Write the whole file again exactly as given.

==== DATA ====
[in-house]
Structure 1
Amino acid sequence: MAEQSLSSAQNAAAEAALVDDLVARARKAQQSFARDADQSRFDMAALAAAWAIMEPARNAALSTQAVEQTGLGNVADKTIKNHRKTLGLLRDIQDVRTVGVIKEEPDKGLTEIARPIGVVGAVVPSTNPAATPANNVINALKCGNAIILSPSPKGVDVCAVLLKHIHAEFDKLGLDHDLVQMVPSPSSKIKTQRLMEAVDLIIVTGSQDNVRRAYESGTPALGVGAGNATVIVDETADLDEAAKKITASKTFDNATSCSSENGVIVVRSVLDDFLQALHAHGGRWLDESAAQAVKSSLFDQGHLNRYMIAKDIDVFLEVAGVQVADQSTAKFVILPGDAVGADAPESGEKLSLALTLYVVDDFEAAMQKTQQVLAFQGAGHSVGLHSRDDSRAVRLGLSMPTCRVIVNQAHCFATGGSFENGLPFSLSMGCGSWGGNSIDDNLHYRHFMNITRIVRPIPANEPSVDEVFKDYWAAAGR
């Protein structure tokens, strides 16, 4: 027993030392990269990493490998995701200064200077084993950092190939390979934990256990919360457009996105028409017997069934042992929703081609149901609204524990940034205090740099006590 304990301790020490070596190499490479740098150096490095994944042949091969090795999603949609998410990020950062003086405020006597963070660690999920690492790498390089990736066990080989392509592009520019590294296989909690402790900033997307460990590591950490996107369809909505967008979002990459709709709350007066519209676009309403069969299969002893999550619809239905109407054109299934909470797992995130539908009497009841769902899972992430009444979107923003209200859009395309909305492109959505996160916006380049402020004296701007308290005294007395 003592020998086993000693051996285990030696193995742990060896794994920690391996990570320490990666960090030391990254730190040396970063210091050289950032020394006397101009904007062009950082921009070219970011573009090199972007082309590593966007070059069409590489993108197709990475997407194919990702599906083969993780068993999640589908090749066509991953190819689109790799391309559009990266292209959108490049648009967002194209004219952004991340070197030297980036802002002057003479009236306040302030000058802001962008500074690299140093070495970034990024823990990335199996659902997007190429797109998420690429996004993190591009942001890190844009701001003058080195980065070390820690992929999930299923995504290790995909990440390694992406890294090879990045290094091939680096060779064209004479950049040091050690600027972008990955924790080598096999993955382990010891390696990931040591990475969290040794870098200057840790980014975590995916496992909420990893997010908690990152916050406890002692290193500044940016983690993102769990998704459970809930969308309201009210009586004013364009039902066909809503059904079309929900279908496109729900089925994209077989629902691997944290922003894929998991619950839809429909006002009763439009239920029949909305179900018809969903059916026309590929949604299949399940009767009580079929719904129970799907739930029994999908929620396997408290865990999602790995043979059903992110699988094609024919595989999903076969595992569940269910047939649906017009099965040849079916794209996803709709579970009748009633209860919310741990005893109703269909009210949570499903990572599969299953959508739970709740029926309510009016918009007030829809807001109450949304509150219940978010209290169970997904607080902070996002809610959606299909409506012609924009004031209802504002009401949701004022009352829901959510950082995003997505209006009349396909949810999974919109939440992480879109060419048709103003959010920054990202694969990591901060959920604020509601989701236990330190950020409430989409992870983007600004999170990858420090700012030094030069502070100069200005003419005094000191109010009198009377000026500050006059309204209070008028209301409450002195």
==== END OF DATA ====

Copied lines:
[in-house]
Structure 1
Amino acid sequence: MAEQSLSSAQNAAAEAALVDDLVARARKAQQSFARDADQSRFDMAALAAAWAIMEPARNAALSTQAVEQTGLGNVADKTIKNHRKTLGLLRDIQDVRTVGVIKEEPDKGLTEIARPIGVVGAVVPSTNPAATPANNVINALKCGNAIILSPSPKGVDVCAVLLKHIHAEFDKLGLDHDLVQMVPSPSSKIKTQRLMEAVDLIIVTGSQDNVRRAYESGTPALGVGAGNATVIVDETADLDEAAKKITASKTFDNATSCSSENGVIVVRSVLDDFLQALHAHGGRWLDESAAQAVKSSLFDQGHLNRYMIAKDIDVFLEVAGVQVADQSTAKFVILPGDAVGADAPESGEKLSLALTLYVVDDFEAAMQKTQQVLAFQGAGHSVGLHSRDDSRAVRLGLSMPTCRVIVNQAHCFATGGSFENGLPFSLSMGCGSWGGNSIDDNLHYRHFMNITRIVRPIPANEPSVDEVFKDYWAAAGR
């Protein structure tokens, strides 16, 4: 027993030392990269990493490998995701200064200077084993950092190939390979934990256990919360457009996105028409017997069934042992929703081609149901609204524990940034205090740099006590 304990301790020490070596190499490479740098150096490095994944042949091969090795999603949609998410990020950062003086405020006597963070660690999920690492790498390089990736066990080989392509592009520019590294296989909690402790900033997307460990590591950490996107369809909505967008979002990459709709709350007066519209676009309403069969299969002893999550619809239905109407054109299934909470797992995130539908009497009841769902899972992430009444979107923003209200859009395309909305492109959505996160916006380049402020004296701007308290005294007395 003592020998086993000693051996285990030696193995742990060896794994920690391996990570320490990666960090030391990254730190040396970063210091050289950032020394006397101009904007062009950082921009070219970011573009090199972007082309590593966007070059069409590489993108197709990475997407194919990702599906083969993780068993999640589908090749066509991953190819689109790799391309559009990266292209959108490049648009967002194209004219952004991340070197030297980036802002002057003479009236306040302030000058802001962008500074690299140093070495970034990024823990990335199996659902997007190429797109998420690429996004993190591009942001890190844009701001003058080195980065070390820690992929999930299923995504290790995909990440390694992406890294090879990045290094091939680096060779064209004479950049040091050690600027972008990955924790080598096999993955382990010891390696990931040591990475969290040794870098200057840790980014975590995916496992909420990893997010908690990152916050406890002692290193500044940016983690993102769990998704459970809930969308309201009210009586004013364009039902066909809503059904079309929900279908496109729900089925994209077989629902691997944290922003894929998991619950839809429909006002009763439009239920029949909305179900018809969903059916026309590929949604299949399940009767009580079929719904129970799907739930029994999908929620396997408290865990999602790995043979059903992110699988094609024919595989999903076969595992569940269910047939649906017009099965040849079916794209996803709709579970009748009633209860919310741990005893109703269909009210949570499903990572599969299953959508739970709740029926309510009016918009007030829809807001109450949304509150219940978010209290169970997904607080902070996002809610959606299909409506012609924009004031209802504002009401949701004022009352829901959510950082995003997505209006009349396909949810999974919109939440992480879109060419048709103003959010920054990202694969990591901060959920604020509601989701236990330190950020409430989409992870983007600004999170990858420090700012030094030069502070100069200005003419005094000191109010009198009377000026500050006059309204209070008028209301409450002195």